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The invention of the telephone can be attributed to two great minds: Elisha Gray and Alexander Graham Bell. These two men were American inventors working independently on similar projects that culminated in the creation of the first telephone in the 1870s. They both designed the first instruments that could be used to transmit sound through electronic means (Casson, 2007). Gray and Graham Bell could not have been successful in their inventions had it not been for the effort of other inventors who had worked on projects that involved the transfer of sound from one device to another.
In 1831, Michael Faraday discovered that it was possible to covert metallic vibrations to electrical impulses. This became the most important basic principle of the telephone, although nobody worked on it up until 1861. This was when Johann Reis designed the first instrument that could convert sound to electromagnetic waves and back to sound. However this device had many shortcomings including its inability to transmit several frequencies at the same time. In 1854, Antonio Meucci invented the telettrofono, a device which could be used to communicate through voice (Mercer, 2006, 76).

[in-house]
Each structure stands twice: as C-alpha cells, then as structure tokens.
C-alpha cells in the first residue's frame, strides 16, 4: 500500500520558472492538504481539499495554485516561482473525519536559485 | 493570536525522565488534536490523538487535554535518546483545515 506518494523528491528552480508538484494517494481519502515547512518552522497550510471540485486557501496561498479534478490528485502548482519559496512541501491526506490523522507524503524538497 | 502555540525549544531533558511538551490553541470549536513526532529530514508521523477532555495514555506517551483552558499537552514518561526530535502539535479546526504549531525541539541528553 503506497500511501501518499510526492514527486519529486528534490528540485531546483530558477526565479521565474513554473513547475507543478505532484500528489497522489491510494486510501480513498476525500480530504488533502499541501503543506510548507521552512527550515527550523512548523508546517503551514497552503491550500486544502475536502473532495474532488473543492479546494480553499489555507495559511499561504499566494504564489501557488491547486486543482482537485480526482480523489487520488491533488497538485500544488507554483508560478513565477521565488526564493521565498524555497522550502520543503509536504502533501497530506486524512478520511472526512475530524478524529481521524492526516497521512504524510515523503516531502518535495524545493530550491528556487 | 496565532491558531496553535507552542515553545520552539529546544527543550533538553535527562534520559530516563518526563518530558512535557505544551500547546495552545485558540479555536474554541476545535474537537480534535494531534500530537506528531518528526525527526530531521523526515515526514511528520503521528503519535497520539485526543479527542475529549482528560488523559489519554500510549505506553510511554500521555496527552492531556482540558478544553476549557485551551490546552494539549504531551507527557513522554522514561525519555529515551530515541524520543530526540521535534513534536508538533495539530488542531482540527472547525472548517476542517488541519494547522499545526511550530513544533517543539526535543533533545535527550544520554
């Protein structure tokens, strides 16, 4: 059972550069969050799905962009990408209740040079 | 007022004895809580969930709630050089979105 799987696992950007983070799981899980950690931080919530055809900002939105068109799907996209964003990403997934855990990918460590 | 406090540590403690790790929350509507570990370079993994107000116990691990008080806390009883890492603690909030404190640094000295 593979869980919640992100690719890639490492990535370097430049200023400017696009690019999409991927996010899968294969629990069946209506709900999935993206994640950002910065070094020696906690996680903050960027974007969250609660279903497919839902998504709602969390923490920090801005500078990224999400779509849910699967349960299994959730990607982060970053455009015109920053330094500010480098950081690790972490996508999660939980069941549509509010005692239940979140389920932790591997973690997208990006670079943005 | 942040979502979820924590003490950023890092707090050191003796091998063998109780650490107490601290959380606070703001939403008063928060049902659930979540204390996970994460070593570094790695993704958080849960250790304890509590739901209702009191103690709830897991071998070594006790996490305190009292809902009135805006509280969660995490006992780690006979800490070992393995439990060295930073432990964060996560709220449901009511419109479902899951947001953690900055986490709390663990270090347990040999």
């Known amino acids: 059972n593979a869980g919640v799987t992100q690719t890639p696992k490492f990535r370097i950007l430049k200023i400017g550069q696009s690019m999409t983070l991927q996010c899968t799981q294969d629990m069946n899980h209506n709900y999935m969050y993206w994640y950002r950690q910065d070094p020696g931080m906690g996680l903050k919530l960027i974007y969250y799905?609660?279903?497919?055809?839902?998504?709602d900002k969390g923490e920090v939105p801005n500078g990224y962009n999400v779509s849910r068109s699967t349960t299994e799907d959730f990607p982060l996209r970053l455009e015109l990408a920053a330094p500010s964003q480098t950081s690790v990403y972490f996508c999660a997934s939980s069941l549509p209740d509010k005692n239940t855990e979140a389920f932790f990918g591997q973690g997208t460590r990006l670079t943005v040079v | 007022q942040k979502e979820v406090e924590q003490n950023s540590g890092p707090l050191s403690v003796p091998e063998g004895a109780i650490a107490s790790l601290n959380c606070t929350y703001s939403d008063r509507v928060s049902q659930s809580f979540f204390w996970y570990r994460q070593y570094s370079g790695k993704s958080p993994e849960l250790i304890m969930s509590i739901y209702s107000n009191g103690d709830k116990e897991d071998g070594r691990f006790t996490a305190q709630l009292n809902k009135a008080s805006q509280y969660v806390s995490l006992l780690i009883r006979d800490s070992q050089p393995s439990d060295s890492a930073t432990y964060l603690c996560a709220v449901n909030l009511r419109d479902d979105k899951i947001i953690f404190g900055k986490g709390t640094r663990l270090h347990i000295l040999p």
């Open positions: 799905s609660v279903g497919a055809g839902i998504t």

One of the factors that contributed greatly to the invention of the telephone was the telegraph, which had been in existence for more than thirty years by the time the telephone was designed. Although it was a highly successful communication system, it had its own problems. For instance, its use of the Morse code greatly limited how one could send and receive messages. in 1870 the Englishman electrician C.F. Varley patented some audio telegraphs that were based on the invention of Reis. In 1874, Poul la Cour was bale to transmit tones through audio telegraphs and telegraph lines (Noll, 2001, 151. However, the instruments were not made to transmit actual human sound.
Gray and Bell used Reis’s instrument to make their own versions of the telephone. Gray had designed a tone telegraph similar to la
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